The people who control the music industry are not good people but sickos who want your children to turn out dark natured, prematurely sexualised, violent, degraded and suicidal. You should know that by what 'artists' they decide to sign up and what 'tunes' they churn out. They have the power to fill our environments with uplifting, joyful, fun and positive music but, instead, they fill it with the opposite. You have to ask why?
 
While we may not have the power to change what the music industry churns out, we do have the power to change our environments and what our children are exposed to. That does, of course, mean that you have to clear out from your world all the poison. No TV, no radio, no unsupervised access to the internet, only wholesome films and no smartphone babysitting (I have never even owned a smartphone).
 
Last night, over dinner, I suggested to my daughter that she chose a beautiful old song instead of succumbing to peer pressure and choosing a modern popular song. I said, 'Imagine if you chose The Skye Boat song. Maybe none of them have ever heard it. It would blow their minds. I bet they'd sit there with their mouths open.' I hope she finds the courage to be such a rebel. Isn't it sad though that a child has to feel so daring to present something so beautiful? How badly wrong our society has gone.
 
 
 
 I have the chance to expose adults to rebellious music, which was once completely normal. I sometimes get negative feedback but generally people are very appreciative. One woman walked out muttering, 'It's like a church! I had to learn all those songs when I was a child!'. Oh well, bye! One young woman stood as still as a statue as I played Mozart one day. Her eyes were glazed over and her mouth was agape. The statue started to move my way and she asked, 'What is this?'. I wasn't sure what she was talking about so asked, 'What is what?'. She asked, 'What is this music?' to which I replied, 'Mozart.' 'Oh. But what type of music is it?' she asked. 'Classical music'. Had she never heard classical music before? How wonderful that I had introduced her to something that would bring her so much pleasure but how sad that neither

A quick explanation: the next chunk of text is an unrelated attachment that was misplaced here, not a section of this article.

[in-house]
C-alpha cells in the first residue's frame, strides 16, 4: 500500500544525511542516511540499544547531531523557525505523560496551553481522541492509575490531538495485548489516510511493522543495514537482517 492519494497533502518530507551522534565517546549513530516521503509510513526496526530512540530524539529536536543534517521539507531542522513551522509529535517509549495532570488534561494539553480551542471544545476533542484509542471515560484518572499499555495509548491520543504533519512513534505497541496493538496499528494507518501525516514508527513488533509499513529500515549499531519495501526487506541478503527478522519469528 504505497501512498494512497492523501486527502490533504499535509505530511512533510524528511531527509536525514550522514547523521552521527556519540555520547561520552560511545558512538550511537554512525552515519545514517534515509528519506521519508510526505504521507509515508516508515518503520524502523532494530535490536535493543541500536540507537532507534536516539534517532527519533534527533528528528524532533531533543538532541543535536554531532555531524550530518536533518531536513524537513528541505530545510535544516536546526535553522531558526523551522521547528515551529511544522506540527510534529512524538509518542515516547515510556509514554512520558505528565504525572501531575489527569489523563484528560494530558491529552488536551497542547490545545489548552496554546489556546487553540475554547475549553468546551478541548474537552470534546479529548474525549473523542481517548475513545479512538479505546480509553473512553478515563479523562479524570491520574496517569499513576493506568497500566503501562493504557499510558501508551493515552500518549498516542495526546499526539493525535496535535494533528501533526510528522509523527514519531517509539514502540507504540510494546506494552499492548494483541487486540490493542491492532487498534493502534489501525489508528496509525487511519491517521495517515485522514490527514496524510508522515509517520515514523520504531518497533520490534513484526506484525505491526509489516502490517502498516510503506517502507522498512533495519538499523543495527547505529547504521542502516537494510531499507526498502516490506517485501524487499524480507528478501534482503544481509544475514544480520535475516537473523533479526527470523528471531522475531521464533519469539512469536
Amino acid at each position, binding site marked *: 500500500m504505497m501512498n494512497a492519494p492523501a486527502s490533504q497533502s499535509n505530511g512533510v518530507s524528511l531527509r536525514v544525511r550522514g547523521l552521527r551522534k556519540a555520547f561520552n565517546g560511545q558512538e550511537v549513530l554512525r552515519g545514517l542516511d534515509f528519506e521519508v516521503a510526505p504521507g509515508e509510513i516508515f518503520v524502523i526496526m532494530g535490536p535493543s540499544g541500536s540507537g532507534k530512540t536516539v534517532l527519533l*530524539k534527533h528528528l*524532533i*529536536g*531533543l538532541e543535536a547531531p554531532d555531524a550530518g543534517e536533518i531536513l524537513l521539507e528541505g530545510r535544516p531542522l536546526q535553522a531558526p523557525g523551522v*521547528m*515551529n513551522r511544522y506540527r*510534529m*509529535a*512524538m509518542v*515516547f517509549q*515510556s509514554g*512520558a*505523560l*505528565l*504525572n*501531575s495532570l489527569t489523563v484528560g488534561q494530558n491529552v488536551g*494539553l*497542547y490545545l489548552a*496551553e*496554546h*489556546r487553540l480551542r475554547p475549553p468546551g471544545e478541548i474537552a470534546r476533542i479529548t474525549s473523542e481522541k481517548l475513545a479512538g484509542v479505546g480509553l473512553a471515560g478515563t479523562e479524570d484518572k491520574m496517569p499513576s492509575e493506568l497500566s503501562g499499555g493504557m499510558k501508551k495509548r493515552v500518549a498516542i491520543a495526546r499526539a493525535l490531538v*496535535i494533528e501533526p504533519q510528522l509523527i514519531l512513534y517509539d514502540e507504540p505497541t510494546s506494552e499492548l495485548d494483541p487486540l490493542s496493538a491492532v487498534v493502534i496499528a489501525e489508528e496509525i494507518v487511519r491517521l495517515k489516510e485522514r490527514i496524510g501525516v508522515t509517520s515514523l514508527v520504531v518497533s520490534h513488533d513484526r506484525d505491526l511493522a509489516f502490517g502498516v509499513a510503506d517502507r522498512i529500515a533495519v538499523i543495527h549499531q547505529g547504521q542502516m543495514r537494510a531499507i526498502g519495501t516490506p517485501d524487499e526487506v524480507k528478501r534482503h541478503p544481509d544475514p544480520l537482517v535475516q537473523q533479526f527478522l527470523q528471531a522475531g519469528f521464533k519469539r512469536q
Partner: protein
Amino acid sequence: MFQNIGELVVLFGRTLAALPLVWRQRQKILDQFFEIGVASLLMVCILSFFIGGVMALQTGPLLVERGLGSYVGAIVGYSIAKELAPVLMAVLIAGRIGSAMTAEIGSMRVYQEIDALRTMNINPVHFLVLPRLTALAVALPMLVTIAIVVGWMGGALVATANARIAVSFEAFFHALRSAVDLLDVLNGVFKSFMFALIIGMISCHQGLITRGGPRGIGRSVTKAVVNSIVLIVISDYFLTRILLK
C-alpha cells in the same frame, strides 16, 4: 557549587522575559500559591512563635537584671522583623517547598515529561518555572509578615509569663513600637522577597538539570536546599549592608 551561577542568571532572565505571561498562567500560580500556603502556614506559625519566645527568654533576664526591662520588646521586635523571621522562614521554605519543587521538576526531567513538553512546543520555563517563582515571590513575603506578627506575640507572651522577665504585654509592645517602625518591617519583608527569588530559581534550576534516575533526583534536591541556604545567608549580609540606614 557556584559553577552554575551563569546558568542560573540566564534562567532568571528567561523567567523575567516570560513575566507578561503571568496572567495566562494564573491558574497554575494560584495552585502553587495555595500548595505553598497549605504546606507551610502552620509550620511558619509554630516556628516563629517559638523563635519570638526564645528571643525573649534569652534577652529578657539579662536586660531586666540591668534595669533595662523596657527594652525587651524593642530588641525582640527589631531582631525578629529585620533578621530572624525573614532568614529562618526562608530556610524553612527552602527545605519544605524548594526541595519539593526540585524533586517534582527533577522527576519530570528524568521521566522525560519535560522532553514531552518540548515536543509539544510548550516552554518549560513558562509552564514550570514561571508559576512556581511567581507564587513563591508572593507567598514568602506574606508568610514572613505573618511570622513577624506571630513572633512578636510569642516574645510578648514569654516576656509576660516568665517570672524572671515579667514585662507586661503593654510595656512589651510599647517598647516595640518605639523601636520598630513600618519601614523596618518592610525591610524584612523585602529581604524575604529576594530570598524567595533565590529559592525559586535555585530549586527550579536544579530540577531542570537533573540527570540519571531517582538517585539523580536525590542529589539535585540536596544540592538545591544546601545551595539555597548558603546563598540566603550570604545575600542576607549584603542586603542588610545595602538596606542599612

her parents nor her school had done it before?
 
I have never for a second regretted my decision to raise my child in a wholesome environment full of happy, fun, beautiful and positive music. Even if every other child in the entire world has been raised on modern music, I will still believe I made the right choice. When you know the bottle on the shelf labelled 'Drink For Kids' in fact contains poison, you stop pouring it down your child's throat. Or, at least, you should.
 
 
Give your child a rich musical education by playing classical music, Latin, Flamenco, European folk, jazz, swing to fill their hearts with love, encourage them to sing joyfully and make them dance like no-one's watching. If you don't expose them to beautiful music by talented artists, who will? How are they ever going to know
what real music is if you don't show them?
 
What we put into our childrens' hearts today will be what we reap from society tomorrow.